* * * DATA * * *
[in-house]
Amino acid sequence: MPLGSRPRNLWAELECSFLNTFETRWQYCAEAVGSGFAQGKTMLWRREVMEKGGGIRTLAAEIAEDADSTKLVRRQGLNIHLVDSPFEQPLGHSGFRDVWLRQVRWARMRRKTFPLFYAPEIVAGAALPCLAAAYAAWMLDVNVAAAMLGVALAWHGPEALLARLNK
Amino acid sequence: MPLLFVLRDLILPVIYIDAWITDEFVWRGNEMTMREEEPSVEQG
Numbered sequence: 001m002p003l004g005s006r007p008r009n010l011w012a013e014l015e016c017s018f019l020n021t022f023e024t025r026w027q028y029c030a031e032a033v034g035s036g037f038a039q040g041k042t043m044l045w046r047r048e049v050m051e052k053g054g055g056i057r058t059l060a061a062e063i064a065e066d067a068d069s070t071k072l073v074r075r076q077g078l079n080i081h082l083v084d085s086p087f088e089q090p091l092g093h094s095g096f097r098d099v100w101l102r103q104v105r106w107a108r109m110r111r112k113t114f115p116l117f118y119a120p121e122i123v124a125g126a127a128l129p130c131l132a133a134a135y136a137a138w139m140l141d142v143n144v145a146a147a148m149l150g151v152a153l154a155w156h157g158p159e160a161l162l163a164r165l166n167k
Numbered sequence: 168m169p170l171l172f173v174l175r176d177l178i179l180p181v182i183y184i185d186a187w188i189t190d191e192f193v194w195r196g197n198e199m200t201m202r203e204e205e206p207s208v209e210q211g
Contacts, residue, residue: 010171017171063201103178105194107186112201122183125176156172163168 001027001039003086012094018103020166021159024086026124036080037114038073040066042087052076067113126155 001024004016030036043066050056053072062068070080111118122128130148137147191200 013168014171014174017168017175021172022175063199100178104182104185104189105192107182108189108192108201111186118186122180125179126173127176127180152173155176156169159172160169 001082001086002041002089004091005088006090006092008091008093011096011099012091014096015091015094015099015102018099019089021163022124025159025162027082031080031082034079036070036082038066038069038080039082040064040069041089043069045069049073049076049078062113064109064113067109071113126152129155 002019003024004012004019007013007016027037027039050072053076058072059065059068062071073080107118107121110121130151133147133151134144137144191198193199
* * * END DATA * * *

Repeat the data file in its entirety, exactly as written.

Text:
[in-house]
Amino acid sequence: MPLGSRPRNLWAELECSFLNTFETRWQYCAEAVGSGFAQGKTMLWRREVMEKGGGIRTLAAEIAEDADSTKLVRRQGLNIHLVDSPFEQPLGHSGFRDVWLRQVRWARMRRKTFPLFYAPEIVAGAALPCLAAAYAAWMLDVNVAAAMLGVALAWHGPEALLARLNK
Amino acid sequence: MPLLFVLRDLILPVIYIDAWITDEFVWRGNEMTMREEEPSVEQG
Numbered sequence: 001m002p003l004g005s006r007p008r009n010l011w012a013e014l015e016c017s018f019l020n021t022f023e024t025r026w027q028y029c030a031e032a033v034g035s036g037f038a039q040g041k042t043m044l045w046r047r048e049v050m051e052k053g054g055g056i057r058t059l060a061a062e063i064a065e066d067a068d069s070t071k072l073v074r075r076q077g078l079n080i081h082l083v084d085s086p087f088e089q090p091l092g093h094s095g096f097r098d099v100w101l102r103q104v105r106w107a108r109m110r111r112k113t114f115p116l117f118y119a120p121e122i123v124a125g126a127a128l129p130c131l132a133a134a135y136a137a138w139m140l141d142v143n144v145a146a147a148m149l150g151v152a153l154a155w156h157g158p159e160a161l162l163a164r165l166n167k
Numbered sequence: 168m169p170l171l172f173v174l175r176d177l178i179l180p181v182i183y184i185d186a187w188i189t190d191e192f193v194w195r196g197n198e199m200t201m202r203e204e205e206p207s208v209e210q211g
Contacts, residue, residue: 010171017171063201103178105194107186112201122183125176156172163168 001027001039003086012094018103020166021159024086026124036080037114038073040066042087052076067113126155 001024004016030036043066050056053072062068070080111118122128130148137147191200 013168014171014174017168017175021172022175063199100178104182104185104189105192107182108189108192108201111186118186122180125179126173127176127180152173155176156169159172160169 001082001086002041002089004091005088006090006092008091008093011096011099012091014096015091015094015099015102018099019089021163022124025159025162027082031080031082034079036070036082038066038069038080039082040064040069041089043069045069049073049076049078062113064109064113067109071113126152129155 002019003024004012004019007013007016027037027039050072053076058072059065059068062071073080107118107121110121130151133147133151134144137144191198193199